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Feature: Custom app colors

Give your apps a custom color scheme by setting only a few base colors and Calcapp will figure out the rest. You can also set colors individually for precise control.

With our new release, the colors used by your apps are customizable. You only need to set one or a few colors to give your apps a complete visual refresh with a custom color scheme. If you like, you can also set colors individually for the various parts of your apps, giving you very precise control over the colors used.

In March, we showed you how to build a form asking users to register their name and e-mail address. Here’s that form, with the default colors shown in the first image and a custom color scheme shown in the second image:

The custom colors are set in the inspector for the calculation panel (using the new color picker):

A registration form with a custom color scheme built in Calcapp             Creator

Base colors

Only three custom colors have been set in the inspector in the image above: a primary color, an accent color and a background color. The primary color is used for things like the navigation bar and button labels and the accent color is used for smaller areas that should stand out, like the thumb of a oswitch field. The background color is used for the areas behind fields, buttons and list panel options.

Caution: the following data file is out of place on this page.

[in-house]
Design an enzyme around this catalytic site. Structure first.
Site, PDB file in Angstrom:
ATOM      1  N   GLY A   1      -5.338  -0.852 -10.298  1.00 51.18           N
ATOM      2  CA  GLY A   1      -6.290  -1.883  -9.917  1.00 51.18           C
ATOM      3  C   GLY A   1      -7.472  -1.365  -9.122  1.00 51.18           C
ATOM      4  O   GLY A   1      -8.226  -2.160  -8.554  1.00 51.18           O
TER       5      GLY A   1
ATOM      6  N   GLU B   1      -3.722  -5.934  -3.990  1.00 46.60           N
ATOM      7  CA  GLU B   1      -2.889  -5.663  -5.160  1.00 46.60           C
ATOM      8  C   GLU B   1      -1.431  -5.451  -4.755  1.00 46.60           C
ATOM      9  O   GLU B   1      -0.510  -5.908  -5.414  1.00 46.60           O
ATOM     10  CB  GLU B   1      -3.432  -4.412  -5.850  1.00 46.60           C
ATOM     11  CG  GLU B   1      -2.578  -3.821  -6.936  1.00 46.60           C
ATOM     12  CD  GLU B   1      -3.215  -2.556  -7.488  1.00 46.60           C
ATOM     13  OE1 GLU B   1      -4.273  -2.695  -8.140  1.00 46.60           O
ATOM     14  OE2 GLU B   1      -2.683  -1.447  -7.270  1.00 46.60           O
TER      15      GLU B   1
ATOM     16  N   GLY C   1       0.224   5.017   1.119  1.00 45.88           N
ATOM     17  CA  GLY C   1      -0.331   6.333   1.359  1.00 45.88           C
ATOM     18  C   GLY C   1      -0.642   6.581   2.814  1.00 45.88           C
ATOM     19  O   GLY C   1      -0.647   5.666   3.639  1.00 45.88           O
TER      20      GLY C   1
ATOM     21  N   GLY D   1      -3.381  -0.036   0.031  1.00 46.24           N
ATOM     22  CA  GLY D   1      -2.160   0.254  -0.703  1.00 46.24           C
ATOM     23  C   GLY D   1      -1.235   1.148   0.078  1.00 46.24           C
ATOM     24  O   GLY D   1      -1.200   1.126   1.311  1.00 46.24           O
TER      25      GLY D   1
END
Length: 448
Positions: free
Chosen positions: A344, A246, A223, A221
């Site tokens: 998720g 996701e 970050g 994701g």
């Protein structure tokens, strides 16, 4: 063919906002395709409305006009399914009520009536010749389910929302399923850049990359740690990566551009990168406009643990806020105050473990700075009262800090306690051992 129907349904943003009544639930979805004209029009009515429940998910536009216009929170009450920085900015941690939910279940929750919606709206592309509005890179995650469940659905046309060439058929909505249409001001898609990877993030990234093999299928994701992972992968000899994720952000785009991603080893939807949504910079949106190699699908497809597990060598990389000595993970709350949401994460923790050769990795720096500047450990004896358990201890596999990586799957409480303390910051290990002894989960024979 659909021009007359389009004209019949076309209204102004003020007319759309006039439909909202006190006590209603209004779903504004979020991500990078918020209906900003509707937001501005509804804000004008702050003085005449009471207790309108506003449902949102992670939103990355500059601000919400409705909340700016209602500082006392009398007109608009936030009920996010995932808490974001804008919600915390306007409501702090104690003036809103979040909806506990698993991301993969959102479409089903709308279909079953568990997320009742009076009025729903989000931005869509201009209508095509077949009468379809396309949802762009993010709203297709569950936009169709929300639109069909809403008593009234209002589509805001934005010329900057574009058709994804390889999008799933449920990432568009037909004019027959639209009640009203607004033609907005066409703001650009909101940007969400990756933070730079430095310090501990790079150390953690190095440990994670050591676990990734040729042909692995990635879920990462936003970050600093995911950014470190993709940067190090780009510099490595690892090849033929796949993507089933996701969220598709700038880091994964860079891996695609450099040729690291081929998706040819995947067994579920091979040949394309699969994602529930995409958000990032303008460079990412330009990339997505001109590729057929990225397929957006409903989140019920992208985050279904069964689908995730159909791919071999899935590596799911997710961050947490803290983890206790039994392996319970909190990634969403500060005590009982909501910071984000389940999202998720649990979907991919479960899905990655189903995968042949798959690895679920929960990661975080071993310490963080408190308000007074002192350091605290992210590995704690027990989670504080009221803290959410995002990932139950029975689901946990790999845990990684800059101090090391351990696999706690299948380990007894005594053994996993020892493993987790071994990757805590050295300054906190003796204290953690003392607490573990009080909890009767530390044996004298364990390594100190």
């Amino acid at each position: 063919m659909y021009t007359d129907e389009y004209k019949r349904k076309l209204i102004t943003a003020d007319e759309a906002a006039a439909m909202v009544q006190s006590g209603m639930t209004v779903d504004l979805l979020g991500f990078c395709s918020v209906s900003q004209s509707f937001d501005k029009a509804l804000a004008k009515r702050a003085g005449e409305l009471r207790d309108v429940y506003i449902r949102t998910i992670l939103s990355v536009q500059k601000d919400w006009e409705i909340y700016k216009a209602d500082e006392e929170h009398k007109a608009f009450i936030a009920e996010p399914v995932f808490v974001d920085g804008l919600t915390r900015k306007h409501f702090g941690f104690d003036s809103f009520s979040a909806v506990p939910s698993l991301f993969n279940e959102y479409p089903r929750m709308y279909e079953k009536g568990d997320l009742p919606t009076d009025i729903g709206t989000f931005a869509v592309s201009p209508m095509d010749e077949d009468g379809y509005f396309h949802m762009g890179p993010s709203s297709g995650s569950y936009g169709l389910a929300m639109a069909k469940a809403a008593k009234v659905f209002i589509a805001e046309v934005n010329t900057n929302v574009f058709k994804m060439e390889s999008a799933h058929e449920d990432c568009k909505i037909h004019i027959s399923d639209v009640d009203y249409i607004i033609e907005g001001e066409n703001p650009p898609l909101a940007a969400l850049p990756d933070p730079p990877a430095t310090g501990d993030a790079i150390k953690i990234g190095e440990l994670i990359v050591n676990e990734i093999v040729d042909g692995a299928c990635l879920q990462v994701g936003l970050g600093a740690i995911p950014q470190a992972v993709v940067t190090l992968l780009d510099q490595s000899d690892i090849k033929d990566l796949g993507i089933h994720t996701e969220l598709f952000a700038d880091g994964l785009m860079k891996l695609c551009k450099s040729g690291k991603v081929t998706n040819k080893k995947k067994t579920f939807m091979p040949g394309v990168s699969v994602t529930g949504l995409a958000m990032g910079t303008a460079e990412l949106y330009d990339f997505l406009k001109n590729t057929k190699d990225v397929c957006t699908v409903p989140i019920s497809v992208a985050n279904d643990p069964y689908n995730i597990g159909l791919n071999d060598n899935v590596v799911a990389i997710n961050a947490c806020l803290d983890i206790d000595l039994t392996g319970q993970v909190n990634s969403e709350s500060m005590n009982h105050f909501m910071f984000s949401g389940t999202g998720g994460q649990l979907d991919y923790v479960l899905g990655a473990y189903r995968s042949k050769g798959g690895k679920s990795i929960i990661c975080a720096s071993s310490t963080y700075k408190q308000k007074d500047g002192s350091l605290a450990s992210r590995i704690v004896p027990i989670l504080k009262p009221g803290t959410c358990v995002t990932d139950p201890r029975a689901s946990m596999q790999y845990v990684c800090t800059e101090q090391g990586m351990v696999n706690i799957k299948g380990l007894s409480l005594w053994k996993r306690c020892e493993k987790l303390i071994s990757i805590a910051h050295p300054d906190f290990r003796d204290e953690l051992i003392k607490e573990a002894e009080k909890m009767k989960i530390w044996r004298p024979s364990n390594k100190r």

These three colors are base colors, meaning that lots of other colors are automatically based on them. For instance, the light gray color used behind the fields in the registration form images above is known as the backdrop color. It can be set explicitly, but will automatically be set to a lighter or a darker version of the background color if not set. (When a color isn’t set, the inspector displays the symbol.) In the registration form image with the custom color scheme, the background color is set to black and the backdrop color isn’t set, so Calcapp automatically uses a lighter version of the background color for the backdrop color.

There are three more base colors: a light foreground color, a dark foreground color and a warning color:

More base colors

The light foreground color is used for text and icons on a dark background and the dark foreground color is used for text and icons on a light background. The warning color is used mainly for field validation messages. The light foreground color is white by default and the dark foreground color is black. Most of the time, these extra base colors can be left as-is (in which case the inspector displays the symbol).

Setting colors explicitly

While Calcapp can automatically derive all colors from the base colors, you may want to set them explicitly. There are many more colors that can be set by expanding the appropriate sections in the inspector:

Additional panel colors

The message background color is used for the messages that appear when an app is ready to be used offline and when reports have been successfully sent. Dividers appear between elements such as fields and list panel options. You can also set the color used for the labels of groups, buttons, fields and list panel options and the color used for field values (including when there is no value).